FOCAL LENGTH MULTIPLIERS
Is this a good or bad side effect? Well the answer depends largely on the goal of your photography. Ideally we would like as many mega pixels as possible to be captured on the sensor. However, if you start the debate with a fixed number of mega pixels, then when using a large zoom, the multiplier effect is like getting a free percentage zoom without any real drawbacks. However, when you want to take a wide angle shot, it will require you to have a wider wide angle lens. This is not only more costly, but leads to distortion in the image.
Different cameras have different levels of multiplier effect. Probably, over time, this issue will disappear, but for now it is an important consideration. Currently the main multiplier effects are none for full frame cameras, 1.3 (Canon EOS 1D Mark IV), 1.5 most Nikon consumer grade cameras, 1.6 most Canon consumer grade cameras.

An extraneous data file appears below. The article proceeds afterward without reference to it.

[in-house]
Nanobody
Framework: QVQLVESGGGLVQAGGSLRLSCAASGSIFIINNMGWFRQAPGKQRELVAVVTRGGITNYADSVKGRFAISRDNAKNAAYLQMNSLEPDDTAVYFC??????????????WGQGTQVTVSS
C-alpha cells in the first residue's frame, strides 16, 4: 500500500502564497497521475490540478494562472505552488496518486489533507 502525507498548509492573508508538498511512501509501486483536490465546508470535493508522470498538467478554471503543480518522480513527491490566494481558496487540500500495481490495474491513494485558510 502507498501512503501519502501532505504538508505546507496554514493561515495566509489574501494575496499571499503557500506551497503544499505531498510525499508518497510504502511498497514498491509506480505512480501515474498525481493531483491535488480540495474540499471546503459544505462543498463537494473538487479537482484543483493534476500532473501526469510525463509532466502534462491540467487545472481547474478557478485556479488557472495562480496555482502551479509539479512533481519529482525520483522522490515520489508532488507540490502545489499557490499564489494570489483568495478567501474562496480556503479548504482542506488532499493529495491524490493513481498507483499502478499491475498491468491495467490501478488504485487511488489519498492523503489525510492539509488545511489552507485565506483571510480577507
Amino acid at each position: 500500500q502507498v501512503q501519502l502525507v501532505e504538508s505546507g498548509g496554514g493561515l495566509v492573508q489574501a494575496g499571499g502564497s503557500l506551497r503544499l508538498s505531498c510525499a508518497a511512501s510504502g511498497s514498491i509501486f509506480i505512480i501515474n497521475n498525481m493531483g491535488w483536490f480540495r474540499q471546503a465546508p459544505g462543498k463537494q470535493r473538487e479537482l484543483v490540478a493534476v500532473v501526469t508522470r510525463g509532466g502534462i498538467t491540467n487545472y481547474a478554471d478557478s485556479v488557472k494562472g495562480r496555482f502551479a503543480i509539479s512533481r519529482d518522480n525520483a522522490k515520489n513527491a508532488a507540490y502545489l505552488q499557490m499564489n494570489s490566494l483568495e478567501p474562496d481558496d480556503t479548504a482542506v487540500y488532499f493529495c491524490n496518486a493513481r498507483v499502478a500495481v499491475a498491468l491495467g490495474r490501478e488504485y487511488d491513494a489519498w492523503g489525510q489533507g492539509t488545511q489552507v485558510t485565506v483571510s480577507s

Observe the following images that demonstrate what a 1, 1.3, 1.5, and 1.6 multiplier will have on the same photo.
Clearly, having a multiplier effect when trying to get a wide angle shot is a disadvantage.
However, observe below the benefit it can been when trying to zoom in on your subject matter.